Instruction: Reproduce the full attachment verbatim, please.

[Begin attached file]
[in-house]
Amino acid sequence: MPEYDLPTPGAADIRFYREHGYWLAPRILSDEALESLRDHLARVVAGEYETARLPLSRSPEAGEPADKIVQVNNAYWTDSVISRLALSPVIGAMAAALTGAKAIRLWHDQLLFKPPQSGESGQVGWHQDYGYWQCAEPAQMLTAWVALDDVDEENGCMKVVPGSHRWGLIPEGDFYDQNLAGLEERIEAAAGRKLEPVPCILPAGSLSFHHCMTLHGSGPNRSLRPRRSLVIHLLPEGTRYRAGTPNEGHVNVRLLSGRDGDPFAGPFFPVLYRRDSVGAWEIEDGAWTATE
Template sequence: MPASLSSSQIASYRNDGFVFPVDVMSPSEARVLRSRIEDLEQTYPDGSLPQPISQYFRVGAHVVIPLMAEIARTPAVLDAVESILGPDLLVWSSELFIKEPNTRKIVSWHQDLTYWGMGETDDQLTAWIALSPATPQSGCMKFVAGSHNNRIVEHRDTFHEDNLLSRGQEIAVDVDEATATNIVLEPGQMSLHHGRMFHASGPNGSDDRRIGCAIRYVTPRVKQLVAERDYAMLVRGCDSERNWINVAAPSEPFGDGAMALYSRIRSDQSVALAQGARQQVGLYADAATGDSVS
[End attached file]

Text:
[in-house]
Amino acid sequence: MPEYDLPTPGAADIRFYREHGYWLAPRILSDEALESLRDHLARVVAGEYETARLPLSRSPEAGEPADKIVQVNNAYWTDSVISRLALSPVIGAMAAALTGAKAIRLWHDQLLFKPPQSGESGQVGWHQDYGYWQCAEPAQMLTAWVALDDVDEENGCMKVVPGSHRWGLIPEGDFYDQNLAGLEERIEAAAGRKLEPVPCILPAGSLSFHHCMTLHGSGPNRSLRPRRSLVIHLLPEGTRYRAGTPNEGHVNVRLLSGRDGDPFAGPFFPVLYRRDSVGAWEIEDGAWTATE
Template sequence: MPASLSSSQIASYRNDGFVFPVDVMSPSEARVLRSRIEDLEQTYPDGSLPQPISQYFRVGAHVVIPLMAEIARTPAVLDAVESILGPDLLVWSSELFIKEPNTRKIVSWHQDLTYWGMGETDDQLTAWIALSPATPQSGCMKFVAGSHNNRIVEHRDTFHEDNLLSRGQEIAVDVDEATATNIVLEPGQMSLHHGRMFHASGPNGSDDRRIGCAIRYVTPRVKQLVAERDYAMLVRGCDSERNWINVAAPSEPFGDGAMALYSRIRSDQSVALAQGARQQVGLYADAATGDSVS